With a mission--to return books to the library on time--firmly in mind, preschoolers help direct Dora and Boots over the troll bridge and the "big rock" while honing some basic academic skills. Dora the Explorer: Backpack Adventure is the first software program based on the hit television series, a show that emphasizes problem-solving skills. Because the show in some ways mimics a computer game, it seems a natural fit for the computer. This title does the show justice in some ways, although it's not without a few problems.
Preschoolers are faced with the choice of playing the game in either of two ways: the adventure format features a distinct story line and a linear progression of activities, while the "free play" mode allows players to enjoy the activities in any order.
In adventure format, which is generally more satisfying than free play mode, children's first task is to click on each book, distinguished by its color, that Dora asks for. She may ask, "Find the book that is green...verde", for example, on level 2. On the highest setting, level 3, Dora requests colors in Spanish without the English translation. The adventure continues with small problems to solve (such as finding an object that will help Isa plant seeds in her garden) and an assortment of activities to play. One activity requires children to pay the grumpy old troll's toll by completing patterns of shapes.
Children can turn to The Map for a nice overview of the steps needed to complete the adventure. In free play mode, kids use the map to get where they want to go quickly. The games are essentially the same in this mode, except for the first activity at Dora's house. In free play mode, kids need to find an assortment of objects (such as a pair of pants, a helmet, and a kite) instead of books.
There are three difficulty levels to the game. These settings affect the challenge level of the shape-matching and number activities, as well as the amount of Spanish words used. Although children select a level at the beginning of the game, they can adjust this setting at any point during an activity.
Successful completion of each activity earns players stickers for their sticker book, delivered enthusiastically by the Fiesta Trio. Kids can use the stickers they have earned to decorate a number of colorful scenes.
Minimum system requirements are Windows 98/Me/XP, Pentium II 233 MHz, 32 MB RAM (64 MB RAM for Win XP), 8X CD-ROM, and 85 MB free hard disk space. Mac users require a G3 processor, 233 MHz or faster, OS 8.6 or higher, 32 MB RAM, 24X CD-ROM, and 85 MB hard drive space.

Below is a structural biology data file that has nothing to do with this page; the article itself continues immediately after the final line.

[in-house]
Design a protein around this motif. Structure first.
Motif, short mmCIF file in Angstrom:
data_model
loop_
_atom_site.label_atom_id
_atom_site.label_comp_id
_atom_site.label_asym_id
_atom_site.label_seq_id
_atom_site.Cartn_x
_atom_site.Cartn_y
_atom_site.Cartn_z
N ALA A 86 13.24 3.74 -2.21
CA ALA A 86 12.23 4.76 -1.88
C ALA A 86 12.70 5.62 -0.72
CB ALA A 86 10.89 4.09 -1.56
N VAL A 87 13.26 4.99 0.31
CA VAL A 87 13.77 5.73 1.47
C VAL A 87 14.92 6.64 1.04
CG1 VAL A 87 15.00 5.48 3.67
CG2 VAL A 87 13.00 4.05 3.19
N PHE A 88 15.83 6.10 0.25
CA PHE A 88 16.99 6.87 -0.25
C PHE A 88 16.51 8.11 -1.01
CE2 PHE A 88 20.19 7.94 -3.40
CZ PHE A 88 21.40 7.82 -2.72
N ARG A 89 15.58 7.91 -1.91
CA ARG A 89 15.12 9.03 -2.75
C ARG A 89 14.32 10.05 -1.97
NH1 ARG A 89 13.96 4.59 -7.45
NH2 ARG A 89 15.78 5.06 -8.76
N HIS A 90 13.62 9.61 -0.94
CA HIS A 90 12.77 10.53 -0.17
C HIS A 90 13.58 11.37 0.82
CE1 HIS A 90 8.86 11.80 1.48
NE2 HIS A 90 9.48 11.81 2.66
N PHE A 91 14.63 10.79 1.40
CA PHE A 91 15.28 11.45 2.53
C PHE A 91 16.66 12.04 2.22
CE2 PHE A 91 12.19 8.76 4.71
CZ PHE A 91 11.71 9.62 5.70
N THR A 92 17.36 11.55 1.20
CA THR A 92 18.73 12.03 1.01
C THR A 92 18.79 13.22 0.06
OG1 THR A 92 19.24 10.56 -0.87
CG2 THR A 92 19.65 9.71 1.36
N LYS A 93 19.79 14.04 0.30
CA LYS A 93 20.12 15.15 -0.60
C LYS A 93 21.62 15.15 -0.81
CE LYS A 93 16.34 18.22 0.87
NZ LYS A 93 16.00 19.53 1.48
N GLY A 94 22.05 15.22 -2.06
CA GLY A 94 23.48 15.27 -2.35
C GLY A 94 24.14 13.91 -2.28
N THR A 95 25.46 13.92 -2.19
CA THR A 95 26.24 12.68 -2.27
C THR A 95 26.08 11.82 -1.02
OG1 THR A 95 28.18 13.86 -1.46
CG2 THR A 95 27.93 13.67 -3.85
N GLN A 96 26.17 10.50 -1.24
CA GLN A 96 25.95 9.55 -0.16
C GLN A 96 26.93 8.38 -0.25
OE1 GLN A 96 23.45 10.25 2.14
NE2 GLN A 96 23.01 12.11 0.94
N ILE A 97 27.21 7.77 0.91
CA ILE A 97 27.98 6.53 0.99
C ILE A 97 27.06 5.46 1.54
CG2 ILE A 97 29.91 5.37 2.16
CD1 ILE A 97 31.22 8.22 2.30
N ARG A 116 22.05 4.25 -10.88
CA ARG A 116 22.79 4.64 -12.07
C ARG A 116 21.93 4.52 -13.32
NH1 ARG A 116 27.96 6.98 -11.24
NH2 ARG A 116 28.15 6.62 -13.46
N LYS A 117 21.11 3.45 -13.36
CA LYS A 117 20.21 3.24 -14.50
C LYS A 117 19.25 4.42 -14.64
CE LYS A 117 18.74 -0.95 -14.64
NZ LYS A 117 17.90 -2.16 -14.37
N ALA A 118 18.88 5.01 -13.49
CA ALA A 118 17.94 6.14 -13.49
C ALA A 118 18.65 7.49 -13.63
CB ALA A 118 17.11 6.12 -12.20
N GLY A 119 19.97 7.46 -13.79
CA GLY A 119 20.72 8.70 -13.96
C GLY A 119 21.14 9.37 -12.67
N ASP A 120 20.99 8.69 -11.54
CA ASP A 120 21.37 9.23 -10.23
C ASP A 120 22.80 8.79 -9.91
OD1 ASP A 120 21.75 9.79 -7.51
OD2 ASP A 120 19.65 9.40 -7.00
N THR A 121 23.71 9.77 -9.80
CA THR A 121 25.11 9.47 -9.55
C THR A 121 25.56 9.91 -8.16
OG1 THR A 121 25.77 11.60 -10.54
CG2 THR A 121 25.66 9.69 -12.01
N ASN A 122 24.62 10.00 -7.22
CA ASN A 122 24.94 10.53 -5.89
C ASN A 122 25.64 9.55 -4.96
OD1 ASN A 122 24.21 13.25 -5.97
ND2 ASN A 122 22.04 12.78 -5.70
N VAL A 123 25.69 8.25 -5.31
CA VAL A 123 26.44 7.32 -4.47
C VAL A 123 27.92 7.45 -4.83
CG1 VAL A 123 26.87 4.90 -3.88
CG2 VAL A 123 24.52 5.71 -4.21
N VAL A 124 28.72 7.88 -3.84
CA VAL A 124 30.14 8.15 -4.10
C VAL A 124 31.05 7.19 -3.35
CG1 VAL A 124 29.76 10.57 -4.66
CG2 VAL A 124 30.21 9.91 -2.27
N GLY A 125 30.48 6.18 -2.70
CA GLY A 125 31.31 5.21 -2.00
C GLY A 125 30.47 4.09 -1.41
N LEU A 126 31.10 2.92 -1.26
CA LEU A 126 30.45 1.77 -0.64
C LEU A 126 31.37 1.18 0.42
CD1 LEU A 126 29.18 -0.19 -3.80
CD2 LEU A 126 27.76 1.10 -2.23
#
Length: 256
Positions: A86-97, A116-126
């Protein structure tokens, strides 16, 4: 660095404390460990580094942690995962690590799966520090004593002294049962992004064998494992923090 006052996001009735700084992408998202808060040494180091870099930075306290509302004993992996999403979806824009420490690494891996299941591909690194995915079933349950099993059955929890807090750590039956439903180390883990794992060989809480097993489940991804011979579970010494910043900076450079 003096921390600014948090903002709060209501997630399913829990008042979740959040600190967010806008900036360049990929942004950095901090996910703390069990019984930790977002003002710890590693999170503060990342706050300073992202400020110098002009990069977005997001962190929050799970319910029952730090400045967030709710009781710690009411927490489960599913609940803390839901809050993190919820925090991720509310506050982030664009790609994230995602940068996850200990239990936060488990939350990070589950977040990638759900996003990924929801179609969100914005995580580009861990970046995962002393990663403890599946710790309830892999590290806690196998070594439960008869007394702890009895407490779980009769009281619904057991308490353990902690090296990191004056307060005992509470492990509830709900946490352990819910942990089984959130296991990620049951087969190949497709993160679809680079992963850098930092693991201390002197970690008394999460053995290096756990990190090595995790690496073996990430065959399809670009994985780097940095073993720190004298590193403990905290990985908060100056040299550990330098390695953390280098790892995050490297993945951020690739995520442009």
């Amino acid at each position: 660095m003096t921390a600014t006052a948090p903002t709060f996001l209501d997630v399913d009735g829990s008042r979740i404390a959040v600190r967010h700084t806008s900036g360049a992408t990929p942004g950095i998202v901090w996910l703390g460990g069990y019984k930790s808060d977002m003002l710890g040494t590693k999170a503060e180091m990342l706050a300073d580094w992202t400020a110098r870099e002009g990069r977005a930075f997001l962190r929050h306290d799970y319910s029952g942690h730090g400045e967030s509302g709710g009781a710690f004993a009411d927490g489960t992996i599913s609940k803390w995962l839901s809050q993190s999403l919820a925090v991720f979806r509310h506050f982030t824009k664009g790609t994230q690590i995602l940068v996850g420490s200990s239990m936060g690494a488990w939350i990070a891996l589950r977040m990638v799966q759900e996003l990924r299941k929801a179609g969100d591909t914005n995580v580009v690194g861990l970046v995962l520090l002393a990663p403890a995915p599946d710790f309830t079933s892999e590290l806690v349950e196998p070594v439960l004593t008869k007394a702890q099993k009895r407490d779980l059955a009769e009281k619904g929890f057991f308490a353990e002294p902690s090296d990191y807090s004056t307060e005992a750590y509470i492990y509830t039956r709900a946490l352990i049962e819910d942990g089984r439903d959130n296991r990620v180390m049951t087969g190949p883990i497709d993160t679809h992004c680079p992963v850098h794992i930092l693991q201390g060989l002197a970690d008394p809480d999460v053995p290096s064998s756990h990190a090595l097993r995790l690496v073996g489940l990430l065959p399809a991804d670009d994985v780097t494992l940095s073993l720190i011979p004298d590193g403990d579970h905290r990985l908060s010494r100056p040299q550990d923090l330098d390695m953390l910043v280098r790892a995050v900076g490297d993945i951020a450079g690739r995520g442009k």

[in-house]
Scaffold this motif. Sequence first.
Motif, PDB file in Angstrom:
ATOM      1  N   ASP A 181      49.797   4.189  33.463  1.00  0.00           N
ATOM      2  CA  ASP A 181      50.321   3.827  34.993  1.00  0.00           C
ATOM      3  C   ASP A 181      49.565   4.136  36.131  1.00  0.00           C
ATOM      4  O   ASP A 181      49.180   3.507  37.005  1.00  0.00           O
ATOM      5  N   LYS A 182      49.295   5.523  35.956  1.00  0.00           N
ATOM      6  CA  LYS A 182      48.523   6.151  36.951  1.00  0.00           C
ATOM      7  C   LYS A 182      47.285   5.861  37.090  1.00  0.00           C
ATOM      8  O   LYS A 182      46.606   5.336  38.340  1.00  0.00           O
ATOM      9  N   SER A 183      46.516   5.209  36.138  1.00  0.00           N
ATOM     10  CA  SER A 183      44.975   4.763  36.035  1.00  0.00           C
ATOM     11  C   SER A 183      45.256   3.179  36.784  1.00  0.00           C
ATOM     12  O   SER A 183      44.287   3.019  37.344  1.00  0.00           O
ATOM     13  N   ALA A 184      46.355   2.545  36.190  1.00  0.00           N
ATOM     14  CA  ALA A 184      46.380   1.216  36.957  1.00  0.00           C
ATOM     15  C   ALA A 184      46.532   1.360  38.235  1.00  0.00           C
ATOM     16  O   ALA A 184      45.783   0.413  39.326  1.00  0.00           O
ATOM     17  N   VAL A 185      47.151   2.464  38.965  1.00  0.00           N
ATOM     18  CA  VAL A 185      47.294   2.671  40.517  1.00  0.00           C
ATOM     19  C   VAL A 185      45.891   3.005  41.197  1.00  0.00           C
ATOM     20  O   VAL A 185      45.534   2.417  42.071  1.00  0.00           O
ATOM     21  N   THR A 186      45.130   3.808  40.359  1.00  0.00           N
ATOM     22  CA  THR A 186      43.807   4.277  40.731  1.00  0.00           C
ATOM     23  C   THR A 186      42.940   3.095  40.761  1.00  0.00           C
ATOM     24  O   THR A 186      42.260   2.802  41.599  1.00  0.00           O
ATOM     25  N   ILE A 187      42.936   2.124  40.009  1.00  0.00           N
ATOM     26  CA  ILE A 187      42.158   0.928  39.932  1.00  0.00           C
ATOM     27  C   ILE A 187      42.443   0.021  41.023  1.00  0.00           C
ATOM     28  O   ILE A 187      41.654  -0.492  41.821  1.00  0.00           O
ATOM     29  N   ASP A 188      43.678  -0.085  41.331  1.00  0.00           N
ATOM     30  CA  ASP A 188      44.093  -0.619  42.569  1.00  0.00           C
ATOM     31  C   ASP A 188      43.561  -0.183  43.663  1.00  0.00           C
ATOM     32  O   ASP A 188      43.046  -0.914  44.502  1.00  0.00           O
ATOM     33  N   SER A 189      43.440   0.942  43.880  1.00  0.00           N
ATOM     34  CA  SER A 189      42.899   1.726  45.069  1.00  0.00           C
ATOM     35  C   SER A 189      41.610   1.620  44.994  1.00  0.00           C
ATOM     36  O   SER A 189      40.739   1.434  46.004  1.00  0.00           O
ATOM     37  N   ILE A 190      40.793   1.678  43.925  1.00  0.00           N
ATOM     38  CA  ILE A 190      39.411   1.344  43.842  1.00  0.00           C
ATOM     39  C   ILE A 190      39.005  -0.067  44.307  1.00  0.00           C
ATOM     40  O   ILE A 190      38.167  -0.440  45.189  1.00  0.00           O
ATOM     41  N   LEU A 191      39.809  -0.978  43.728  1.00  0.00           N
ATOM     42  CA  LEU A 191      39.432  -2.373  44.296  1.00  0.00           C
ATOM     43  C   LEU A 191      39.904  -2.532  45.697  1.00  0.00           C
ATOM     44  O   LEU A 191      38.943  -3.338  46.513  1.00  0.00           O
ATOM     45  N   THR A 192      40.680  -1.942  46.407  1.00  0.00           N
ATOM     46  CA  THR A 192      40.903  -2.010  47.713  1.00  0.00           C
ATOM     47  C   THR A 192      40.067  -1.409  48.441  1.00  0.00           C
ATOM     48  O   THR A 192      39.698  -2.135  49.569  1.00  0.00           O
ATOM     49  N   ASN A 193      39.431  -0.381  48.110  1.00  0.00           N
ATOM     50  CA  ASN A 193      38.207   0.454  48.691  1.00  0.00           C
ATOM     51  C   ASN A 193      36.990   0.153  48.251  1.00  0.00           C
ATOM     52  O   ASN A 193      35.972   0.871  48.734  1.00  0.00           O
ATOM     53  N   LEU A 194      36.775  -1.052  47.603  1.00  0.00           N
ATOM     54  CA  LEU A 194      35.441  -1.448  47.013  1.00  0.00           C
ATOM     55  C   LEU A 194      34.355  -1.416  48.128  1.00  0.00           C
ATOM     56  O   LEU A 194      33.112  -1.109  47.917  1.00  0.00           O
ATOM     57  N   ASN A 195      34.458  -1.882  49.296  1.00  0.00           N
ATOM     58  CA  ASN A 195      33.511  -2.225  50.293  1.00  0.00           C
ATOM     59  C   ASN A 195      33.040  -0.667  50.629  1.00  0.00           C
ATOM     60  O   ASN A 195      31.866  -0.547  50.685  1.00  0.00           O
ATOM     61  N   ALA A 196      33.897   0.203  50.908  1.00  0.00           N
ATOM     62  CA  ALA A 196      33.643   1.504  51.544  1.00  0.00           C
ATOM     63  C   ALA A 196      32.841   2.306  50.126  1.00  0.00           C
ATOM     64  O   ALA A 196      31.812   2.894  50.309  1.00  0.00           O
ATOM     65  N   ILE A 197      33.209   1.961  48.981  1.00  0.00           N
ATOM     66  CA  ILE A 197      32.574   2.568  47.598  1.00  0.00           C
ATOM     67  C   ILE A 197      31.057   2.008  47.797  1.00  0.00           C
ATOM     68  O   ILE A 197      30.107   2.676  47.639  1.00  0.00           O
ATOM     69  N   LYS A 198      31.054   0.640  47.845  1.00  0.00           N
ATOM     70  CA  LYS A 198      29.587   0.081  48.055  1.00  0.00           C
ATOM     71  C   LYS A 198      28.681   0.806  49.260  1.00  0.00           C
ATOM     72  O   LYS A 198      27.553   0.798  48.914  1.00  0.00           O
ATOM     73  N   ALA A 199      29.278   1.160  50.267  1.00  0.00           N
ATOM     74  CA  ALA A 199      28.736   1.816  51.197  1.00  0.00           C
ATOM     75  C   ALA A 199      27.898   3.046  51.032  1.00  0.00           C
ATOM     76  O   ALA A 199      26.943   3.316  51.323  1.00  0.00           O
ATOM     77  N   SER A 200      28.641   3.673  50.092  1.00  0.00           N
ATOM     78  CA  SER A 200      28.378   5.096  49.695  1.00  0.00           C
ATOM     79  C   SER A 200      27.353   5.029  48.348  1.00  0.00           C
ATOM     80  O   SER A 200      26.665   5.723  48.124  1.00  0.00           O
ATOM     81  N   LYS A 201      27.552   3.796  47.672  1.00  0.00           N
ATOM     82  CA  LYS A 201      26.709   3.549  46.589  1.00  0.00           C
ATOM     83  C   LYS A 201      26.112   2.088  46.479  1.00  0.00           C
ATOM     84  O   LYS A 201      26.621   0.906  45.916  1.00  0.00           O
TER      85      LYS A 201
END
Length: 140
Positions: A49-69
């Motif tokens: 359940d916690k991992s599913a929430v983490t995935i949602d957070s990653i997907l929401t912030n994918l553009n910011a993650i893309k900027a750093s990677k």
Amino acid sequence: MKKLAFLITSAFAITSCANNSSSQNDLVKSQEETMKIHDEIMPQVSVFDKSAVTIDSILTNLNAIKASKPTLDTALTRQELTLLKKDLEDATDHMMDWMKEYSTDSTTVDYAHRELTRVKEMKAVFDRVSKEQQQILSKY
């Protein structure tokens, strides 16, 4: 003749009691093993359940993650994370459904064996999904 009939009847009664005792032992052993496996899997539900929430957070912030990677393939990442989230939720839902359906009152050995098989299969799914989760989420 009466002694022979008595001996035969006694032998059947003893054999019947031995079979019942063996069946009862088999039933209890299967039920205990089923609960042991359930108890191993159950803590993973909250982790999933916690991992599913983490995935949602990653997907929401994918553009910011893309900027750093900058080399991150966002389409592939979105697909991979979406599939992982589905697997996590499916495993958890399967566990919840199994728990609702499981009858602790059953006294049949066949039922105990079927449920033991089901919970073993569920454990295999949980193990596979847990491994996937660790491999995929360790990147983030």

color recognition, number recognition, shape recognition, problem solving, pattern completion, following directions, listening skills, memory, classification, visual tracking, and basic Spanish words and phrases.
The bulk of the program's educational value lies in its inclusion of Spanish words and phrases in an informal and effective manner. However, we feel that there was room for more educational content in terms of basic academic concepts. For example, an activity that introduces letters of the alphabet would have helped boost the overall value of the game.
The colors of the game are vibrant, although the graphics are uneven in quality (sometimes smooth, other times grainy). Fans of the show should enjoy the format of the game and the familiar songs. However, we would have liked more clickable surprises, or hotspots with multiple responses.
There are three levels of difficulty to choose from, along with an option to adjust levels at any point during the activities. Navigation is easy and clear, making the program appropriate for independent play.
Factors that support the program's longevity include three difficulty levels to choose from and two ways to play the game. However, for many young children, the adventure is too short. Although there are 7 activities in all, many of these are fairly simple.
This CD-ROM retails for approximately $20 US.
Reviewed: September 2002